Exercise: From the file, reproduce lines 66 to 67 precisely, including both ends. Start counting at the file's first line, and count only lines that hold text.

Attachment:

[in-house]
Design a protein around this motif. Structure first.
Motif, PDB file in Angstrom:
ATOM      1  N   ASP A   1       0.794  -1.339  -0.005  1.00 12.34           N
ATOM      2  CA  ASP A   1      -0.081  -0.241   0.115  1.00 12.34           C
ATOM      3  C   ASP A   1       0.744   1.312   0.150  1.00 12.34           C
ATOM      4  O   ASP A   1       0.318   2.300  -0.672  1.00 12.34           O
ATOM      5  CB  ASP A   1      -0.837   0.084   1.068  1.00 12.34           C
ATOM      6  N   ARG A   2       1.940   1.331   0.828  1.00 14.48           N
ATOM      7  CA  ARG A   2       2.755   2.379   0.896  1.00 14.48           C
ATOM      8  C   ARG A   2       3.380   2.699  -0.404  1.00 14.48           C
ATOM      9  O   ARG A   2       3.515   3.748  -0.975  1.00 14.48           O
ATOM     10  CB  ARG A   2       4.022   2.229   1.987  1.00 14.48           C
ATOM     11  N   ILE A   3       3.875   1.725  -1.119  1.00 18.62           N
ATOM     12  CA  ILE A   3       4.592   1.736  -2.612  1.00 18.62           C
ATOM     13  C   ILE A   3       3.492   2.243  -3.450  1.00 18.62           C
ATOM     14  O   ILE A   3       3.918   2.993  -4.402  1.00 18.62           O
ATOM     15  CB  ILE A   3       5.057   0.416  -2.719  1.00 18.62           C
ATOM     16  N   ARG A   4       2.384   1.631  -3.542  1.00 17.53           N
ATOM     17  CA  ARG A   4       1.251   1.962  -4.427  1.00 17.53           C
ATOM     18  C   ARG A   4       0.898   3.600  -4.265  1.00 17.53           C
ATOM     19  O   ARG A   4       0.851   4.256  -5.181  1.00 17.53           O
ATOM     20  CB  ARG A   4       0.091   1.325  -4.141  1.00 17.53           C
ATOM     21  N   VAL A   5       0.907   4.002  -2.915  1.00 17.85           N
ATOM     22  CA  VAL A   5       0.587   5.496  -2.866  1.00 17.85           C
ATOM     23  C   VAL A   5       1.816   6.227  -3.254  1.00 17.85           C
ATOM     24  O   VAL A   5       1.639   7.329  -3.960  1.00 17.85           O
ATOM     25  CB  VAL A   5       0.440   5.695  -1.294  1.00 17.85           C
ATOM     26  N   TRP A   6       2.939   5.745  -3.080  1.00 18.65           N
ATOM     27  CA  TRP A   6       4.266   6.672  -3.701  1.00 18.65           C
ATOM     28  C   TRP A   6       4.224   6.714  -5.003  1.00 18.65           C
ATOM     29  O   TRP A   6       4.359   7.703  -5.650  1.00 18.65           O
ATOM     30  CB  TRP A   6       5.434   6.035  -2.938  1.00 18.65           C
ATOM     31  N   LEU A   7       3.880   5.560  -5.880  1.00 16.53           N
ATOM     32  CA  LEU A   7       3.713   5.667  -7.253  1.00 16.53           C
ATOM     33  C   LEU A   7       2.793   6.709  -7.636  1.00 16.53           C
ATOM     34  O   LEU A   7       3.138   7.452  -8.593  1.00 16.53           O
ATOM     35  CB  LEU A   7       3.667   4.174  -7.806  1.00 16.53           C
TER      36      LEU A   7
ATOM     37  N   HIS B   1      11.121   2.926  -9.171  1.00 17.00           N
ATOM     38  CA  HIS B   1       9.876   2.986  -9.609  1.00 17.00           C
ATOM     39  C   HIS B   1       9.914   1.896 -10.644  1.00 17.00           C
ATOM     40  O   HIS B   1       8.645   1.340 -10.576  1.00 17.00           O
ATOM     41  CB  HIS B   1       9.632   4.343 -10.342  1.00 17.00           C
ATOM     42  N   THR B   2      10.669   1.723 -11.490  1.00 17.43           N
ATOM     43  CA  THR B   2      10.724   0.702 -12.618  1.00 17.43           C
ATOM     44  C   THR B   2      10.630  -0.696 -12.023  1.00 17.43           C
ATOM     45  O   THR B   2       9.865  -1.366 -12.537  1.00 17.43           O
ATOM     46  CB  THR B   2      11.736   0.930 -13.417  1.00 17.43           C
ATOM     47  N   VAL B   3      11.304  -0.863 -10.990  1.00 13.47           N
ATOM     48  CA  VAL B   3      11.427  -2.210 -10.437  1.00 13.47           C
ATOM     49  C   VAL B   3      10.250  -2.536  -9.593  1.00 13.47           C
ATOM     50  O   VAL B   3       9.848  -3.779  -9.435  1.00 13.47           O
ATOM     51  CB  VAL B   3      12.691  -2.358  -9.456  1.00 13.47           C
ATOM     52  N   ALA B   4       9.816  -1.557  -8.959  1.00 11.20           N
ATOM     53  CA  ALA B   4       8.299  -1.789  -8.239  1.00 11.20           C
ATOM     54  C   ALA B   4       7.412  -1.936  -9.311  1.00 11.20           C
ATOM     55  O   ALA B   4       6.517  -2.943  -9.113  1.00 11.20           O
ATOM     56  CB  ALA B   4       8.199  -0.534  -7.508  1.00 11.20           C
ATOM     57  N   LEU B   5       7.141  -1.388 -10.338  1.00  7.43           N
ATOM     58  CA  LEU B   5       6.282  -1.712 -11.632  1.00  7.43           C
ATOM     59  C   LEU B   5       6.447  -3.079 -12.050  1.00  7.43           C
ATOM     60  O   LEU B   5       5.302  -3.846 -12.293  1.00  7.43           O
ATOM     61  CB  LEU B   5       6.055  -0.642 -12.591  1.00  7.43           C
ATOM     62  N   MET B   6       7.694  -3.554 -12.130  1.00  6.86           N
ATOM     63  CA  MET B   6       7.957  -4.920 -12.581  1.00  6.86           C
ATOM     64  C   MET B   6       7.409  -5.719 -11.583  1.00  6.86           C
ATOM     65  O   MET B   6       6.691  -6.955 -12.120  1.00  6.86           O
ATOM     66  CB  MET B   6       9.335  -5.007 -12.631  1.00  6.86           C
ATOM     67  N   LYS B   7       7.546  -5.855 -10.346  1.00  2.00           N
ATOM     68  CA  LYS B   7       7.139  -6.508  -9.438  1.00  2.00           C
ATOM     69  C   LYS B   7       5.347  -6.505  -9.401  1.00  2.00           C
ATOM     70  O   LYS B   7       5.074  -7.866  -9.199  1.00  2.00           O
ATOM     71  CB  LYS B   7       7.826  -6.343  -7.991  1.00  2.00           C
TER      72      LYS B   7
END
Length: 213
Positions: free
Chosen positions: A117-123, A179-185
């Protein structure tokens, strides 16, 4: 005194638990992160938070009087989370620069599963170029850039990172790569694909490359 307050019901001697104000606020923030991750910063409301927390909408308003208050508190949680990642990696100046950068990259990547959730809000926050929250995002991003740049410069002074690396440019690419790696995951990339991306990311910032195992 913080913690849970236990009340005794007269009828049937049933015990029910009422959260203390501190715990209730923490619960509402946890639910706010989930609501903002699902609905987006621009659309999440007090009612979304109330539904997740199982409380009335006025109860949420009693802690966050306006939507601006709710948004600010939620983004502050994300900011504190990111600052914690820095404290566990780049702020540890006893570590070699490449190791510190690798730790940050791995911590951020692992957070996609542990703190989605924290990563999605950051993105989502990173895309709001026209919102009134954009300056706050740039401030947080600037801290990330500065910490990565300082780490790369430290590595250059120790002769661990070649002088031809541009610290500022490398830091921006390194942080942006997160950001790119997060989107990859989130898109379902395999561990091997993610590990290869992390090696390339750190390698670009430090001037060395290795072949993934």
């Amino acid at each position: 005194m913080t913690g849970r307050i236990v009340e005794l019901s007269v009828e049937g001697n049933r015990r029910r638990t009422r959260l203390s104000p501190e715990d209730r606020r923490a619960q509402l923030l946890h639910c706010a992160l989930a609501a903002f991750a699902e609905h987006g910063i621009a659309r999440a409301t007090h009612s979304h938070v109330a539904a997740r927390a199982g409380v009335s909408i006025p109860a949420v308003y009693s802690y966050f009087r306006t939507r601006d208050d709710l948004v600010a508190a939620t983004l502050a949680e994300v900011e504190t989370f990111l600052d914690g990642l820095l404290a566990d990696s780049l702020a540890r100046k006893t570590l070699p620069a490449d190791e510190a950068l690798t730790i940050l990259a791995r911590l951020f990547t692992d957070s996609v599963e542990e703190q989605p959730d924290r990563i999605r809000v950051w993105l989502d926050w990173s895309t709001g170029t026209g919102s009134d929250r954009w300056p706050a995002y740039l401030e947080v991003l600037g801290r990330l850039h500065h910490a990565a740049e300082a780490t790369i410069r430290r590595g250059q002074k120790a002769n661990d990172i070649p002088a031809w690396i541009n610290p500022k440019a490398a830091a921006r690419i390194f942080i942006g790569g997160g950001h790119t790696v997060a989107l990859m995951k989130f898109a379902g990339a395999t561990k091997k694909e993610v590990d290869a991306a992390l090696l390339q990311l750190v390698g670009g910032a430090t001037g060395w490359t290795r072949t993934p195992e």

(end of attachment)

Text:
ATOM     63  CA  MET B   6       7.957  -4.920 -12.581  1.00  6.86           C
ATOM     64  C   MET B   6       7.409  -5.719 -11.583  1.00  6.86           C